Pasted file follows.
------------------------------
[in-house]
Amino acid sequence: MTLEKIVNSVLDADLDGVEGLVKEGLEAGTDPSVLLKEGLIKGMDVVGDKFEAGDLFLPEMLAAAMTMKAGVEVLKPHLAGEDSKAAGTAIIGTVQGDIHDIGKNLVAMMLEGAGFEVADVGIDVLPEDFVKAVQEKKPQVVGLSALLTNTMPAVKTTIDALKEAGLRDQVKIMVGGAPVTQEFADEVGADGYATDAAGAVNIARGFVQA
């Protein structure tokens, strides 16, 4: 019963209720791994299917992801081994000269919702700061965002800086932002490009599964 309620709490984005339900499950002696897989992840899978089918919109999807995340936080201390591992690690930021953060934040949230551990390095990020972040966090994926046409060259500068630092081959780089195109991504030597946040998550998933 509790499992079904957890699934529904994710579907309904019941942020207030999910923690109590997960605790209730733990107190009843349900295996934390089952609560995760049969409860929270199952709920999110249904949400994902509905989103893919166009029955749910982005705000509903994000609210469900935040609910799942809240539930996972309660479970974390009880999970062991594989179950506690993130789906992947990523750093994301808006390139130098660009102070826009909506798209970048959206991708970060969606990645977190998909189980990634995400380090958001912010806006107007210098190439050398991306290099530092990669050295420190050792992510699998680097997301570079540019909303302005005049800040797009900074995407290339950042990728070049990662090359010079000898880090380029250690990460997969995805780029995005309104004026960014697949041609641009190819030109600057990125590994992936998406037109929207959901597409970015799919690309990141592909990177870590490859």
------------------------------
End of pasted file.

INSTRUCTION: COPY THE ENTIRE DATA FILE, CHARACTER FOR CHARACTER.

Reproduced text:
[in-house]
Amino acid sequence: MTLEKIVNSVLDADLDGVEGLVKEGLEAGTDPSVLLKEGLIKGMDVVGDKFEAGDLFLPEMLAAAMTMKAGVEVLKPHLAGEDSKAAGTAIIGTVQGDIHDIGKNLVAMMLEGAGFEVADVGIDVLPEDFVKAVQEKKPQVVGLSALLTNTMPAVKTTIDALKEAGLRDQVKIMVGGAPVTQEFADEVGADGYATDAAGAVNIARGFVQA
């Protein structure tokens, strides 16, 4: 019963209720791994299917992801081994000269919702700061965002800086932002490009599964 309620709490984005339900499950002696897989992840899978089918919109999807995340936080201390591992690690930021953060934040949230551990390095990020972040966090994926046409060259500068630092081959780089195109991504030597946040998550998933 509790499992079904957890699934529904994710579907309904019941942020207030999910923690109590997960605790209730733990107190009843349900295996934390089952609560995760049969409860929270199952709920999110249904949400994902509905989103893919166009029955749910982005705000509903994000609210469900935040609910799942809240539930996972309660479970974390009880999970062991594989179950506690993130789906992947990523750093994301808006390139130098660009102070826009909506798209970048959206991708970060969606990645977190998909189980990634995400380090958001912010806006107007210098190439050398991306290099530092990669050295420190050792992510699998680097997301570079540019909303302005005049800040797009900074995407290339950042990728070049990662090359010079000898880090380029250690990460997969995805780029995005309104004026960014697949041609641009190819030109600057990125590994992936998406037109929207959901597409970015799919690309990141592909990177870590490859």